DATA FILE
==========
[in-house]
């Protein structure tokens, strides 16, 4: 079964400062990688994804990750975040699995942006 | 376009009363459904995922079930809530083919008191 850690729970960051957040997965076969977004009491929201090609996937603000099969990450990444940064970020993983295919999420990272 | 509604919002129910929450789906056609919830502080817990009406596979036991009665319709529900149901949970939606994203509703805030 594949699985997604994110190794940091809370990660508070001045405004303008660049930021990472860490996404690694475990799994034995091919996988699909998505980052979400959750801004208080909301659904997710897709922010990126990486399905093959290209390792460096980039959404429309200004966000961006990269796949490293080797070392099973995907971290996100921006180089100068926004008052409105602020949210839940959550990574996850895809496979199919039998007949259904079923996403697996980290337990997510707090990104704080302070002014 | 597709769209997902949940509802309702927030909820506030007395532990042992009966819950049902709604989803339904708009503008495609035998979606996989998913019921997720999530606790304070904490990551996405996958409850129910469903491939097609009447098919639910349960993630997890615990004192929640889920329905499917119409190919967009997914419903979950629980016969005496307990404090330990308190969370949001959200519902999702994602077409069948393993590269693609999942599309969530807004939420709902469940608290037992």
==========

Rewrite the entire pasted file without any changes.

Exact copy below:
[in-house]
């Protein structure tokens, strides 16, 4: 079964400062990688994804990750975040699995942006 | 376009009363459904995922079930809530083919008191 850690729970960051957040997965076969977004009491929201090609996937603000099969990450990444940064970020993983295919999420990272 | 509604919002129910929450789906056609919830502080817990009406596979036991009665319709529900149901949970939606994203509703805030 594949699985997604994110190794940091809370990660508070001045405004303008660049930021990472860490996404690694475990799994034995091919996988699909998505980052979400959750801004208080909301659904997710897709922010990126990486399905093959290209390792460096980039959404429309200004966000961006990269796949490293080797070392099973995907971290996100921006180089100068926004008052409105602020949210839940959550990574996850895809496979199919039998007949259904079923996403697996980290337990997510707090990104704080302070002014 | 597709769209997902949940509802309702927030909820506030007395532990042992009966819950049902709604989803339904708009503008495609035998979606996989998913019921997720999530606790304070904490990551996405996958409850129910469903491939097609009447098919639910349960993630997890615990004192929640889920329905499917119409190919967009997914419903979950629980016969005496307990404090330990308190969370949001959200519902999702994602077409069948393993590269693609999942599309969530807004939420709902469940608290037992």